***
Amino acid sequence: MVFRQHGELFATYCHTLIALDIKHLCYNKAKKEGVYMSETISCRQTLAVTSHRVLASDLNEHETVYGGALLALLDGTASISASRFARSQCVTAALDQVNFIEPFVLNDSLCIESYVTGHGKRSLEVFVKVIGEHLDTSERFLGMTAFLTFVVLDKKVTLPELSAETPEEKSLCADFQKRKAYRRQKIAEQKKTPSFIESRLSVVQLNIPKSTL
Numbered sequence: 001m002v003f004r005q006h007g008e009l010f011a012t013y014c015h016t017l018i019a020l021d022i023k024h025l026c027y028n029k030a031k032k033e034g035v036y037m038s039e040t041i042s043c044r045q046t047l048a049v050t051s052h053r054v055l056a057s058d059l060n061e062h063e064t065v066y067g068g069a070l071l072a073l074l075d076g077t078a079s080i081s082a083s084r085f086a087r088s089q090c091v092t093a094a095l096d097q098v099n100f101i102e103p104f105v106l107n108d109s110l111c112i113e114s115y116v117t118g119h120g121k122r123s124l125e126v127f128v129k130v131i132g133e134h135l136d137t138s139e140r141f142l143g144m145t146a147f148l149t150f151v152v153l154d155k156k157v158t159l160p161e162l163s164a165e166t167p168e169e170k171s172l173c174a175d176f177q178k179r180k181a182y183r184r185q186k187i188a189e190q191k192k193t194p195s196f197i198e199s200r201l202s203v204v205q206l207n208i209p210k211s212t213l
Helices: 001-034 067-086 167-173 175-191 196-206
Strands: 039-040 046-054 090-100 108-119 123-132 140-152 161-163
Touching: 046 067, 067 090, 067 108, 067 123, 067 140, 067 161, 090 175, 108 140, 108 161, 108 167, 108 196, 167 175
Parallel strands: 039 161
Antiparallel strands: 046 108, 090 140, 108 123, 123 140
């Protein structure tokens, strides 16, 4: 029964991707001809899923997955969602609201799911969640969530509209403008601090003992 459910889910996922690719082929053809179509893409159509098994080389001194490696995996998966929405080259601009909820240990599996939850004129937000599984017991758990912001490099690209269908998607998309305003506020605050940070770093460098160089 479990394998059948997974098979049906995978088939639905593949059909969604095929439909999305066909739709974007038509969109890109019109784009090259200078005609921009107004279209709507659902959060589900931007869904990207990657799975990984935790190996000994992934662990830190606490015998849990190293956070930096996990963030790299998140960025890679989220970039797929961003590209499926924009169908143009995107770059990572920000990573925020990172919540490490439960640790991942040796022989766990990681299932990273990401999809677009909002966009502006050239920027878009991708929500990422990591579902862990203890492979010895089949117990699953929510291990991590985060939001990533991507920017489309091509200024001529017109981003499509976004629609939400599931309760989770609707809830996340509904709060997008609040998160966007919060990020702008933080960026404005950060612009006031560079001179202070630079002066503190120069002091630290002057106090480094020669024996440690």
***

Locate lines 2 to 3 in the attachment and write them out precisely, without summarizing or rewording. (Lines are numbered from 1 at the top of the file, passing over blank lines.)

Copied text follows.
Numbered sequence: 001m002v003f004r005q006h007g008e009l010f011a012t013y014c015h016t017l018i019a020l021d022i023k024h025l026c027y028n029k030a031k032k033e034g035v036y037m038s039e040t041i042s043c044r045q046t047l048a049v050t051s052h053r054v055l056a057s058d059l060n061e062h063e064t065v066y067g068g069a070l071l072a073l074l075d076g077t078a079s080i081s082a083s084r085f086a087r088s089q090c091v092t093a094a095l096d097q098v099n100f101i102e103p104f105v106l107n108d109s110l111c112i113e114s115y116v117t118g119h120g121k122r123s124l125e126v127f128v129k130v131i132g133e134h135l136d137t138s139e140r141f142l143g144m145t146a147f148l149t150f151v152v153l154d155k156k157v158t159l160p161e162l163s164a165e166t167p168e169e170k171s172l173c174a175d176f177q178k179r180k181a182y183r184r185q186k187i188a189e190q191k192k193t194p195s196f197i198e199s200r201l202s203v204v205q206l207n208i209p210k211s212t213l
Helices: 001-034 067-086 167-173 175-191 196-206